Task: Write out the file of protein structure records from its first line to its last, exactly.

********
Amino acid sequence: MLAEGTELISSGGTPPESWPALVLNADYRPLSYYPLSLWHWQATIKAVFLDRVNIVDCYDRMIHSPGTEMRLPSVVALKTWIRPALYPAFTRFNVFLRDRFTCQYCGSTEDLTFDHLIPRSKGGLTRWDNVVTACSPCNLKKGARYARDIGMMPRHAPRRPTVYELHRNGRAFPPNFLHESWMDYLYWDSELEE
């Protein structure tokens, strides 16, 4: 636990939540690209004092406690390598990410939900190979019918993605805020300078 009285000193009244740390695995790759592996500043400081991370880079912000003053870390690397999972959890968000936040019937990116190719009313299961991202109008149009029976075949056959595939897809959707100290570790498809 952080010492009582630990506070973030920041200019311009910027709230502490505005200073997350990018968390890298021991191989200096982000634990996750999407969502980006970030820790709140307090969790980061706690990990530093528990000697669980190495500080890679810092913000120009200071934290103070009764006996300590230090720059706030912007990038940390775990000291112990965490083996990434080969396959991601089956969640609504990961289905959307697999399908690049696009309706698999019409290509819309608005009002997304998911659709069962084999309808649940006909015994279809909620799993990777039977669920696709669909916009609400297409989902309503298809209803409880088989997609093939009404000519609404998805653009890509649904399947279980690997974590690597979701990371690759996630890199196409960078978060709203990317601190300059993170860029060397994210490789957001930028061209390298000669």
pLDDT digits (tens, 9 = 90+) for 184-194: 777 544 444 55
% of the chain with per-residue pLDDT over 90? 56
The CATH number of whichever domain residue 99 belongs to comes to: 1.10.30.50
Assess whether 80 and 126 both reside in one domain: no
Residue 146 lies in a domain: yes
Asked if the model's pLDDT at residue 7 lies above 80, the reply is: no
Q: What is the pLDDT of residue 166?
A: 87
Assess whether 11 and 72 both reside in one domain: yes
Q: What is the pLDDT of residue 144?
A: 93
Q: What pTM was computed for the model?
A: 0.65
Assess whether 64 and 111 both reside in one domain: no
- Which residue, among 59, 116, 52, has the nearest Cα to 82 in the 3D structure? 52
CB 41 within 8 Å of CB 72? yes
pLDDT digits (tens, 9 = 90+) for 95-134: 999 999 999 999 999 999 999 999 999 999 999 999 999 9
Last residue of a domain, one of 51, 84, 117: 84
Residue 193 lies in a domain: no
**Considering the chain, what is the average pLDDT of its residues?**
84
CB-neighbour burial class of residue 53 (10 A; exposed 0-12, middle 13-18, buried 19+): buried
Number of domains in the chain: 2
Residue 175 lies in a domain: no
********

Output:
Amino acid sequence: MLAEGTELISSGGTPPESWPALVLNADYRPLSYYPLSLWHWQATIKAVFLDRVNIVDCYDRMIHSPGTEMRLPSVVALKTWIRPALYPAFTRFNVFLRDRFTCQYCGSTEDLTFDHLIPRSKGGLTRWDNVVTACSPCNLKKGARYARDIGMMPRHAPRRPTVYELHRNGRAFPPNFLHESWMDYLYWDSELEE
């Protein structure tokens, strides 16, 4: 636990939540690209004092406690390598990410939900190979019918993605805020300078 009285000193009244740390695995790759592996500043400081991370880079912000003053870390690397999972959890968000936040019937990116190719009313299961991202109008149009029976075949056959595939897809959707100290570790498809 952080010492009582630990506070973030920041200019311009910027709230502490505005200073997350990018968390890298021991191989200096982000634990996750999407969502980006970030820790709140307090969790980061706690990990530093528990000697669980190495500080890679810092913000120009200071934290103070009764006996300590230090720059706030912007990038940390775990000291112990965490083996990434080969396959991601089956969640609504990961289905959307697999399908690049696009309706698999019409290509819309608005009002997304998911659709069962084999309808649940006909015994279809909620799993990777039977669920696709669909916009609400297409989902309503298809209803409880088989997609093939009404000519609404998805653009890509649904399947279980690997974590690597979701990371690759996630890199196409960078978060709203990317601190300059993170860029060397994210490789957001930028061209390298000669």
pLDDT digits (tens, 9 = 90+) for 184-194: 777 544 444 55
% of the chain with per-residue pLDDT over 90? 56
The CATH number of whichever domain residue 99 belongs to comes to: 1.10.30.50
Assess whether 80 and 126 both reside in one domain: no
Residue 146 lies in a domain: yes
Asked if the model's pLDDT at residue 7 lies above 80, the reply is: no
Q: What is the pLDDT of residue 166?
A: 87
Assess whether 11 and 72 both reside in one domain: yes
Q: What is the pLDDT of residue 144?
A: 93
Q: What pTM was computed for the model?
A: 0.65
Assess whether 64 and 111 both reside in one domain: no
- Which residue, among 59, 116, 52, has the nearest Cα to 82 in the 3D structure? 52
CB 41 within 8 Å of CB 72? yes
pLDDT digits (tens, 9 = 90+) for 95-134: 999 999 999 999 999 999 999 999 999 999 999 999 999 9
Last residue of a domain, one of 51, 84, 117: 84
Residue 193 lies in a domain: no
**Considering the chain, what is the average pLDDT of its residues?**
84
CB-neighbour burial class of residue 53 (10 A; exposed 0-12, middle 13-18, buried 19+): buried
Number of domains in the chain: 2
Residue 175 lies in a domain: no